In these worrying and unpredictable times, many of our children and young people are, sadly, struggling to cope. The years usually set aside for pre-school socialising, early years playdates or maturing and bonding as teenagers were spent instead, in the isolation of Covid-19 restrictions and lockdowns. On top of that, ‘The News’ is everywhere, all too often dramatically announcing stories of global concern that provoke fear in young minds well before parents or carers have the chance to filter information or explain it within a context.

It is no surprise that children of all ages are experiencing mental health issues spanning anxiety, depression, separation difficulties, social anxiety and disabling fears about the ups and downs of life, a fragile natural environment and an unsettled world.

Children with high learning potential can be especially prone to heightened emotional reactions as they tend to know relevant background information about situations and see possible consequences to events in much more depth than their friends – or even many adults. It is important to remember, however, that their maturity in comprehending what is going on is not the same as them having the emotional maturity or life experience to deal with their anxious feelings. Attempting to make them feel better with a simple, ‘Don’t worry’, won’t stop the troublesome scenarios conjured up by a highly active imagination; adults need to be ready to help and find targeted support for them.

What Should I Do?

It is important that parents and carers regularly check to see if their children and young people are worrying excessively about life. Think of it in terms of trying to:

  • spot the signs
  • listen
  • learn more
  • support the specifics
  • help them to take action.

Since 1967, Potential Plus UK has been supporting children and young people with high learning potential and their families.  Our website is full of advice, information, blogs and links, such as this resource round-up, which will guide you in how to spot and support areas of concern during worrying times.

Resource Round-Up

Spot the Signs & Listen 

Signs of worry, depression or anxiety can vary – as do the associated avoidance moves and coping behaviours. Using your ‘gut feel’ or noticing there is ‘something different’ about your child’s mood or behaviour can be two of the most powerful things you can do.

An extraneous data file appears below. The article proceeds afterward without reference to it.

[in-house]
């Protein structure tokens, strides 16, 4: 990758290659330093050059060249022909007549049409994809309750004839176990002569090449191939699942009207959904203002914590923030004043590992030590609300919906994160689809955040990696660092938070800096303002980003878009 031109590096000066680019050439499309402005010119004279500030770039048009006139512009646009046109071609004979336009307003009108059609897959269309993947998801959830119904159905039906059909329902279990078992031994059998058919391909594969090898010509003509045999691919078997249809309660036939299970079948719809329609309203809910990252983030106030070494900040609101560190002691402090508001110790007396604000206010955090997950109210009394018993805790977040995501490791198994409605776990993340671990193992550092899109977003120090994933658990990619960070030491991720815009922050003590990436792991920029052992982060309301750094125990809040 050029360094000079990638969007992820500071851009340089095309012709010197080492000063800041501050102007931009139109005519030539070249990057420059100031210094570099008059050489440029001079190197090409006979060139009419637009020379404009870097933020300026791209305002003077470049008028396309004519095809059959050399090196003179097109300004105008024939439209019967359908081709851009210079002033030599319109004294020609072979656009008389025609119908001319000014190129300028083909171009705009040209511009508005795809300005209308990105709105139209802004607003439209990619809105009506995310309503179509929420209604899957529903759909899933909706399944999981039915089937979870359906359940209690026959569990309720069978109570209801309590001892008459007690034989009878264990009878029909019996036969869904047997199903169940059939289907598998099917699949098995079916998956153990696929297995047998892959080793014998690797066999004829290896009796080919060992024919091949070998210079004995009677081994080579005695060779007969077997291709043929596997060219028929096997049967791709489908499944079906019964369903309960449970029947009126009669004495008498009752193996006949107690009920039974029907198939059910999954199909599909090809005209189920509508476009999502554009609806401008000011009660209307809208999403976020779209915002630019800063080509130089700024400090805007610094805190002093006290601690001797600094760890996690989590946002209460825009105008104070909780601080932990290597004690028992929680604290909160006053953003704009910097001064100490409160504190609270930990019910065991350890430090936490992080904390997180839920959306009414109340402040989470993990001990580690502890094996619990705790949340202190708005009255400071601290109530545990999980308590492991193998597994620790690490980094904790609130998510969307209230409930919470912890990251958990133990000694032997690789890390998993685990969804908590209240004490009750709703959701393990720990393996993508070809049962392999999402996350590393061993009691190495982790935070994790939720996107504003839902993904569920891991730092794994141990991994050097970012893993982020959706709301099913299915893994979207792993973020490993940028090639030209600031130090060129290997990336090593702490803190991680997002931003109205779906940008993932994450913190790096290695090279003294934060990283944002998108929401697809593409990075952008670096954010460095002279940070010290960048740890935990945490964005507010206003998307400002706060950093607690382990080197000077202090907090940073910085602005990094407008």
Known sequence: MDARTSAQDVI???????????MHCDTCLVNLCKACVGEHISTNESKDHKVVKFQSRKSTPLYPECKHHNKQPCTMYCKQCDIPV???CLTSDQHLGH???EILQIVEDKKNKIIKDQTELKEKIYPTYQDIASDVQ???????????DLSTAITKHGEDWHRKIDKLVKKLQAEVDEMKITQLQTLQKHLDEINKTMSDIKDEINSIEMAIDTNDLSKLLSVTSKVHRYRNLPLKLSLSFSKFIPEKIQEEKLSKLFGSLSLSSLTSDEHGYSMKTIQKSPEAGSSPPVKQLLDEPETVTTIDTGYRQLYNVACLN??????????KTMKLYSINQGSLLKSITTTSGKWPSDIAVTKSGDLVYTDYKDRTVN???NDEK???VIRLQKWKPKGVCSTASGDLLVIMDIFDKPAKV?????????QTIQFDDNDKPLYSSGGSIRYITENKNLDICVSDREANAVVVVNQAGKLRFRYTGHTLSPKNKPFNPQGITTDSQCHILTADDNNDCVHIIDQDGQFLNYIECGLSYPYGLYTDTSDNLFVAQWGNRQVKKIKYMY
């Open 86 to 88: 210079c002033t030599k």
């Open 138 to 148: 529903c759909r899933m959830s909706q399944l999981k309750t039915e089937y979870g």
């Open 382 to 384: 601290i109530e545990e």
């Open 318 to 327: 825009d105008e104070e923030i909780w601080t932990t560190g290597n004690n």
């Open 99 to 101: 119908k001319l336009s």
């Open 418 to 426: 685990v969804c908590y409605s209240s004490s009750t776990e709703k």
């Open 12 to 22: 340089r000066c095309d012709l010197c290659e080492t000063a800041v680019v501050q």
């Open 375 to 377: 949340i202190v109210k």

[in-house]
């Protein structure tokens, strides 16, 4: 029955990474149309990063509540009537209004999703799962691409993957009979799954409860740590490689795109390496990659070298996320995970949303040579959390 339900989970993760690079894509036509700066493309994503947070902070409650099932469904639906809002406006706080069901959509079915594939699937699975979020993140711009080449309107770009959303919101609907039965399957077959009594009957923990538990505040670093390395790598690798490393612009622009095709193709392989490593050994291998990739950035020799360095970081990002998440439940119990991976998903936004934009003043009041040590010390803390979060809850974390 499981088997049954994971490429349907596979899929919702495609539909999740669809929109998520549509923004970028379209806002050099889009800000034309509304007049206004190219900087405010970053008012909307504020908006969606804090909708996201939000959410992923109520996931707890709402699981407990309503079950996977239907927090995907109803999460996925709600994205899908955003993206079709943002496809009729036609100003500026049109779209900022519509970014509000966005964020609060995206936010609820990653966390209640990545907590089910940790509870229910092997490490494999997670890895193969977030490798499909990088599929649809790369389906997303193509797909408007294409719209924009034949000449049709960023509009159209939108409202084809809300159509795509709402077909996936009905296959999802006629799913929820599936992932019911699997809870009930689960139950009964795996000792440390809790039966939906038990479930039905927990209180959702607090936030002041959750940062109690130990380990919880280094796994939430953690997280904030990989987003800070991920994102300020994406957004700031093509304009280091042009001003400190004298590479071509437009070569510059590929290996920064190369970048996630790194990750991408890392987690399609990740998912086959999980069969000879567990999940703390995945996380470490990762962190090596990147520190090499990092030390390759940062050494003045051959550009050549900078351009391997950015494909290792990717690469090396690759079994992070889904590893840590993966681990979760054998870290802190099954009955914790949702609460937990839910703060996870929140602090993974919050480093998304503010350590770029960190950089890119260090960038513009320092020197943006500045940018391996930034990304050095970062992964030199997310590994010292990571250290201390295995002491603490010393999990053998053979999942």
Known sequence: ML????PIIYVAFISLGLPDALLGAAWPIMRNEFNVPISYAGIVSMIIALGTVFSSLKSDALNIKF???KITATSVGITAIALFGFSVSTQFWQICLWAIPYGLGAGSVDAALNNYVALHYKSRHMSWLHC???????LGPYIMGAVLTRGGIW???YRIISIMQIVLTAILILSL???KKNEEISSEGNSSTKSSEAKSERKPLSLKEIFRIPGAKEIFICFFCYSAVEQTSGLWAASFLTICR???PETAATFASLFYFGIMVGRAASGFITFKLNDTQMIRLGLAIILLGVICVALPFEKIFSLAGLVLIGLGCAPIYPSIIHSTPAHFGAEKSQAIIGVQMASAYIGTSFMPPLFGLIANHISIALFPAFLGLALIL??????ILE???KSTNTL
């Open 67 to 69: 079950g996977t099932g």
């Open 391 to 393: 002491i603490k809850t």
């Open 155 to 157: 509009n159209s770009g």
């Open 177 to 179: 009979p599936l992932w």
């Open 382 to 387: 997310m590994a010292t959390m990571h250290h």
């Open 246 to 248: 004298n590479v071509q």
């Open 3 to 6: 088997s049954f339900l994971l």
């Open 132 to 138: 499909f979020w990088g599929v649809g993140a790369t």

Listen to them supportively and don’t judge; just encourage them to talk to you or even draw a picture to express how they are feeling. Seek help as appropriate from resources such as those below, a relevant charity, counsellor, GP, teacher or school pastoral team.

Use your gut feeling. Does something seem different? Is your child affected in their body, thoughts, feelings and/or behaviours? For example:

  • Body: panic attacks, racing heart, breathing fast, sweating, shaking, tense muscles, wobbly legs, needing the toilet often, wetting the bed, feeling sick, repetitive actions, ‘hyper’/lack of energy, crying (for example).
  • Thoughts and Feelings: upsetting /scary /obsessive /negative /bleak thoughts, preoccupied, nervous, ‘down’, on edge, overwhelmed, out of control, heightened senses, sleeplessness, bad dreams, lack of concentration (for example).
  • Coping Behaviours (possibly unhealthy ones): withdrawing, avoiding new things and social situations, school refusal, isolating, ‘clingy’ or separation anxiety, repetitive behaviours (even Obsessive-Compulsive Disorder, OCD), over- or undereating, being destructive, self-harming (for example).

Learn More & Support the Specifics

 Next, understand more specifically about high potential learners’ heightened reactions to worrying times. Use the following information from Potential Plus UK.

*Advice sheets marked with an asterisk are free to Potential Plus UK members, when they log in and download them from the members’ area; however, there may be a small charge for non-members.

Brought on By or Made Worse in Worrying Times

Specific Areas that Might Trigger Worry

Take Action

 If an individual can see where they have even just a little power to influence a situation that is worrying or overwhelming them, it can be life changing.

Act on a Personal Level

As appropriate, encourage your child to build their self-esteem, learn techniques for relaxation, breathing or better sleep, undertake appropriate counselling or connect actively with the natural world. Building up emotional resilience and self-belief will help them to withstand worries.

To Boost a High Potential Learner

Action in the Community

A worried child may gain control and positivity by volunteering with a charity involved in their area of concern. Bilingual children and language students have been known to translate for refugees and organise fundraising awareness days for communities in difficulty. Others who are concerned about illness might visit a frail neighbour or donate old clothes and blankets to a specific charity shop or animal shelter. Even just building a bug house, adding bee-friendly plants to a garden or window box or being a child member of a wildlife charity are steps towards helping the environment.

Practical Projects for the Whole Family from Potential Plus UK

From the Wider Community; from Days Out to Fundraising Projects

Take heart that there are many appropriate resources available to you as you not only guide your child with high learning potential through their times of worry, but also help them to develop invaluable resilience for the future.

About the author: Gillie Ithell is an Advice & Information Officer for Potential Plus UK, holding a B.A. in Modern Languages & Communication and further qualifications in mental health. Having worked internationally as content manager of classic board games and ‘edutainment’ software, Gillie now writes to inspire others like herself; on a daily journey with High Learning Potential.